Lazy Almond Bread With Durum

I know… snow should be enjoyed by being outdoors and making the best out of it. No way. This year snow means to me feeling cozy and lazy at home. Mostly due to the lack of spare time (rather than inspiration) I have not baked much either. And my sourdough is sleeping in the cold too (safe and well-fed in our fridge).

Today I baked a lazy bread. Just threw all the ingredients in my kitchen machine, let all rest for the night, threw the fermented dough in a rising basket for 2 hours, and baked. The smell of roasted almonds was all over the place. Cozy. Perfect.

ALMOND BREAD WITH DURUM

You need: 500 g water, 550 g bread flour, 200 g durum wheat flour, 100 g almonds, 20 g salt, 10 g fresh yeast.

How to: mix all the ingredients together except the almonds in a mixer bowl and knead with a dough hook for 15 minutes at medium/low speed. Add the almonds and mix for further 5 minutes. Let rest for the night in the fridge, covered with plastic foil. In the morning, place the dough in a rising basket and let rise, loosely covered with plastic foil and in a plastic bag, for 2 hours. Transfer on a hot baking dish or stone and bake for 50 minutes, the first 20 minutes at 250 degrees and the rest at 190. Use steam if you like a crusty crust.  

CONSIDERATIONS: Being someone who takes bread baking seriously, I have been quite disinclined to try easy looking methods. This particular one comes from Baka, a fairly new Swedish magazine on baking, with beautiful pictures and interesting articles. But the recipes? I often find them too scant when it comes to details -thing which can lead to catastrofic results in the kitchen. This time I tried to trust them but… they wrote to bake the bread for 45 minutes at 250 degrees. Right: my loaf was almost burned after 25 minutes. So I lowered the temperature and it was ok. What if I did not check? Fire in my kitchen? Oh the wonderful food magazines…

Anyway, the bread was good. The almonds really made a difference and felt like something new to the palate. The use of durum wheat and the long kneading time made a very compact crumb, which was delish with a little butter. With my fix to the baking time and temperature this is a good method for some serious comfort bread on a very lazy day. Yawn… I think the almonds just made me more sleepy. Goodnight!

This is going to YeastSpotting.

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Comments

  1. Now I know what to make my sour into today. It needs to come out and play and this is just perfect.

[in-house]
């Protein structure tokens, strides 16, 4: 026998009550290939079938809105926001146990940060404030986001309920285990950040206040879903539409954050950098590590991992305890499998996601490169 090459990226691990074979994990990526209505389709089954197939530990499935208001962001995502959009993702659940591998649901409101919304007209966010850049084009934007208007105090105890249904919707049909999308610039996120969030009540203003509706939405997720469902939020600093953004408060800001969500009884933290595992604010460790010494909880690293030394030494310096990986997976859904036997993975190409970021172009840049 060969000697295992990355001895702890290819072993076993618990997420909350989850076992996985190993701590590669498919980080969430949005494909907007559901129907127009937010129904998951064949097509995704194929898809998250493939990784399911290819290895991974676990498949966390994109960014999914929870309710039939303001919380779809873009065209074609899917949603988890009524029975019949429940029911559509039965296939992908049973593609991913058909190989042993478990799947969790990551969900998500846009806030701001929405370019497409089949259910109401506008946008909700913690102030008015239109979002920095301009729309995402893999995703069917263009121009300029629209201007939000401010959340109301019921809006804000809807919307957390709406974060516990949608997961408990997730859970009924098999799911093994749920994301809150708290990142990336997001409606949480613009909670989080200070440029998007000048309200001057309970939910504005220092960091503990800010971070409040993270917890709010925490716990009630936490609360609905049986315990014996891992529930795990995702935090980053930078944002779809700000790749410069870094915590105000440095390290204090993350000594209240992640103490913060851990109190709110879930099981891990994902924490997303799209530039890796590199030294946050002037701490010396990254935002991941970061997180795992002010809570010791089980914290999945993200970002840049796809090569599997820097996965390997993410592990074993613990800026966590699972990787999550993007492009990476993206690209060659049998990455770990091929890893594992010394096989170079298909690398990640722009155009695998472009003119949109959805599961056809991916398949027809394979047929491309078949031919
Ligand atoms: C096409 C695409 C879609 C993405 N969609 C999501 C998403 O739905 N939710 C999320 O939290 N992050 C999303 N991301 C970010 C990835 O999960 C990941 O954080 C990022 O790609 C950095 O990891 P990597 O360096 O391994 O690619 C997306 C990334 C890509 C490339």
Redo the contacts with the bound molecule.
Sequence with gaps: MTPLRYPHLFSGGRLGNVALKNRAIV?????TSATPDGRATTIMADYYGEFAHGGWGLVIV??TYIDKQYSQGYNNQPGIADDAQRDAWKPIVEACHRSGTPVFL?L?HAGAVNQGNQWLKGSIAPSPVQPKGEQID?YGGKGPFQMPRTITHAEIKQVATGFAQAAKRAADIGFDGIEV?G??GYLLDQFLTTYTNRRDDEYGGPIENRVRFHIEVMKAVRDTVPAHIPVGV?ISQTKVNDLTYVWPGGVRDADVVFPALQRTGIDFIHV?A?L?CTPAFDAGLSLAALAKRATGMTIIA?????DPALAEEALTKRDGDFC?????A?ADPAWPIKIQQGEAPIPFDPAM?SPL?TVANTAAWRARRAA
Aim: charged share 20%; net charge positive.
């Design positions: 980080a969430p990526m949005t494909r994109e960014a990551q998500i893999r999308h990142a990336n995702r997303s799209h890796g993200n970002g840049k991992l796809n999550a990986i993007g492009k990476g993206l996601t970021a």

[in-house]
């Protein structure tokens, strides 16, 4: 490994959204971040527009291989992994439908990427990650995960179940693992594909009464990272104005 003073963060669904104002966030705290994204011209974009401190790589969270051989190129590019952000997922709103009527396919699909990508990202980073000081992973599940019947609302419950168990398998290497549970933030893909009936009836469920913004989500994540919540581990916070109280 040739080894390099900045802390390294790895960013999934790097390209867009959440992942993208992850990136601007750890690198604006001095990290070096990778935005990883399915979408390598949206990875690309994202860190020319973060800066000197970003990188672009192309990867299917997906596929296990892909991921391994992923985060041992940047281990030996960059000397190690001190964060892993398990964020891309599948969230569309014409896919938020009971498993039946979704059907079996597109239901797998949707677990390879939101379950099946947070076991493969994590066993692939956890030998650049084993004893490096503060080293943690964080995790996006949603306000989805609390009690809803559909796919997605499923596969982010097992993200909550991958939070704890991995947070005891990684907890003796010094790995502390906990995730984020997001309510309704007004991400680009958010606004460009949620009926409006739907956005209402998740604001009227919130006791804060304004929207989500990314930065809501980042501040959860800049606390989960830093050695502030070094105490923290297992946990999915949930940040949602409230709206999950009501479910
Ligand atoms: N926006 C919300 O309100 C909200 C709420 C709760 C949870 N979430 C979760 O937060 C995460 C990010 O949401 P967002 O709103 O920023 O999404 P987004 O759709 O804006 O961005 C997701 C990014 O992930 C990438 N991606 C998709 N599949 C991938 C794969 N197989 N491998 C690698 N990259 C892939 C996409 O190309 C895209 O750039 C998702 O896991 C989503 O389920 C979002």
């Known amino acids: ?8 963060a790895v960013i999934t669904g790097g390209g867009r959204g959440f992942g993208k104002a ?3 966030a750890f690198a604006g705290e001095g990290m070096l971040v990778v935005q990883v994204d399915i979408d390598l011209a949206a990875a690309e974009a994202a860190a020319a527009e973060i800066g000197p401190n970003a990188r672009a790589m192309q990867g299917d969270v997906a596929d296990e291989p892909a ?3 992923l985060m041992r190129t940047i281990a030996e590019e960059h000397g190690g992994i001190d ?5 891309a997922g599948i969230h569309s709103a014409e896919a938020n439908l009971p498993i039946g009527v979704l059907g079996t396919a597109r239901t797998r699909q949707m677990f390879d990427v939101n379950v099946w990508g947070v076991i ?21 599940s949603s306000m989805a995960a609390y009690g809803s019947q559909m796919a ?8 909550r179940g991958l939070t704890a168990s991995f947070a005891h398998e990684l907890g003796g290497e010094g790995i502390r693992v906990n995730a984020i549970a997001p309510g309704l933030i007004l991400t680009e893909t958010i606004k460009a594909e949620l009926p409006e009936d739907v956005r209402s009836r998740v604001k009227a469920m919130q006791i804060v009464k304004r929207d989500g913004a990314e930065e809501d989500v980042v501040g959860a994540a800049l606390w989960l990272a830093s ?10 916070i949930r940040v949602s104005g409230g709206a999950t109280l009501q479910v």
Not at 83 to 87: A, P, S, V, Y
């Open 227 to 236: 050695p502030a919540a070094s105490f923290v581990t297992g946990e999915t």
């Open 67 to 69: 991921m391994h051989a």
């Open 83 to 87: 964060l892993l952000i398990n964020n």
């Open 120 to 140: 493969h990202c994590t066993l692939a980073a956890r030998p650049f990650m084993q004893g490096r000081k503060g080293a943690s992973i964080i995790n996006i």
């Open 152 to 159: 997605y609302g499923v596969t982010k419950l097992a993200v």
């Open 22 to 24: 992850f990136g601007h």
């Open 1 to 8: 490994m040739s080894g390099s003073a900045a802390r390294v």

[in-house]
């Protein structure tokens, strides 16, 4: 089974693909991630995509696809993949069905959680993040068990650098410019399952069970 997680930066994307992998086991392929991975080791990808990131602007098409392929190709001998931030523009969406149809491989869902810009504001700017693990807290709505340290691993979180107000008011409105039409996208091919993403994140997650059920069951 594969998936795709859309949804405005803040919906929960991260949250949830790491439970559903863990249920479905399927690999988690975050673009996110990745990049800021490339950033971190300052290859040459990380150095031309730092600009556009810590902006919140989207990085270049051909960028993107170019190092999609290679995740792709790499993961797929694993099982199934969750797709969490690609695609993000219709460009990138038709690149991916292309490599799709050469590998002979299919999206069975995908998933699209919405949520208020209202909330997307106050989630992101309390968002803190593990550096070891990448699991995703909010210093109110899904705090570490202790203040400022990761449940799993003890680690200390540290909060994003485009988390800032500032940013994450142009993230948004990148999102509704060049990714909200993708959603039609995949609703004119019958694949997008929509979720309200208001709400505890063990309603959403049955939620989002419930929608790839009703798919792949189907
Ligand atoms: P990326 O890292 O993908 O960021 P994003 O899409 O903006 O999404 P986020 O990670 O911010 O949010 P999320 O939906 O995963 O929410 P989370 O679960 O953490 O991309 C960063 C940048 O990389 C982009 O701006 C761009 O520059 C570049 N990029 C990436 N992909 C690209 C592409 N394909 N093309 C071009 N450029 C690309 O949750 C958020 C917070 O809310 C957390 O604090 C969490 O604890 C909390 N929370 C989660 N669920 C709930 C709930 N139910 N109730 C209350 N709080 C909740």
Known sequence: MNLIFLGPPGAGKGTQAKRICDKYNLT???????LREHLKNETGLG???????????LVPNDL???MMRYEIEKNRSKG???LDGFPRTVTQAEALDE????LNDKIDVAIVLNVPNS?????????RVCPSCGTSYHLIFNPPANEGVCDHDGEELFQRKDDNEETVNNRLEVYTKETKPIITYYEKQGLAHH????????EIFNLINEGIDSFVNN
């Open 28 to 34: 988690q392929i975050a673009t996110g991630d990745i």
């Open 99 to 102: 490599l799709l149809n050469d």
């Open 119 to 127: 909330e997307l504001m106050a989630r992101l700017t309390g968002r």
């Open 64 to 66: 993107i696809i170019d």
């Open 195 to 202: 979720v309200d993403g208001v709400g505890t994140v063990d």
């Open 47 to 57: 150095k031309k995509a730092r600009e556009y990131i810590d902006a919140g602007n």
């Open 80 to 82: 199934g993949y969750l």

Thanks!

  2. Barbara,
    Have you used Amaranth or Spelt flours with your sour dough culture?
    I bought a bunch of different flours to play with and thought you may have some words of wisdom.
    Glad you are blogging again, missed you!

    • actually I have been pretty boring with my sourdough. I have only fed it with stone-ground organic bread flour, giving her a boost of whole grain rye when she was looking weak. I have used spelt to make sourdough bread (look at my older posts) and it worked just fine. Missed you too!!!

  3. Devo ancora capire cos’e` il Durum ma il pane e` stupendo…..
    francesca

  4. gorgeous bread, and the less effort the better, in my time deprived kitchen!

  5. Sta volta ci sono riuscita! :)
    bellissimo questo pane! Buon fine settimana! ciao

  6. Ho sempre un po’ di difficoltà a tradurre..l’inglese non è il mio forte :-) Ma
    questa pagnotta con le mandorle è meravigliosa in tutte le lingue!
    Un caro saluto!

  7. Ciao Barbara, ti rispondo qui per il pane in cassetta. Ho fatto impastare sicuramente più di 15 minuti ma poi la vedi quando la pasta diventa lucida, non troppo o per nulla appiccicosa ma elastica, che si avvolge sul gancio… è pronta. Ma hai lievito madre o liquido? Quello liquido, o licoli non è per nulla acido ed è ottimo per preparare tante cose, anche i panettoni :)
    Buona serata :-)

  8. Adoro tutto ciò che è con le mandorle, dal dolce al salato. Questo pane dev’essere buonissimo. E’ bellissima la forma che prende lievitando nel cestino, devo decidermi a comprarlo anch’io :) Buona giornata, a presto

    P.S. l’ammoniaca nei biscotti puoi sostituirla con un cucchiaino di lievito per dolci. Il risultato non sarà esattamente lo stesso (un po’ meno inzupposi e friabili) ma ugualmente buoni.

  9. Oh, My! As I whole-heartedly relate to your comment about taking bread baking seriously, I can’t help to breath a big sigh of relief knowing you saved this beauty from a sure perish in the hot oven. What an amazing bread it is. My gluten-free resolve is getting weaker by the minute.

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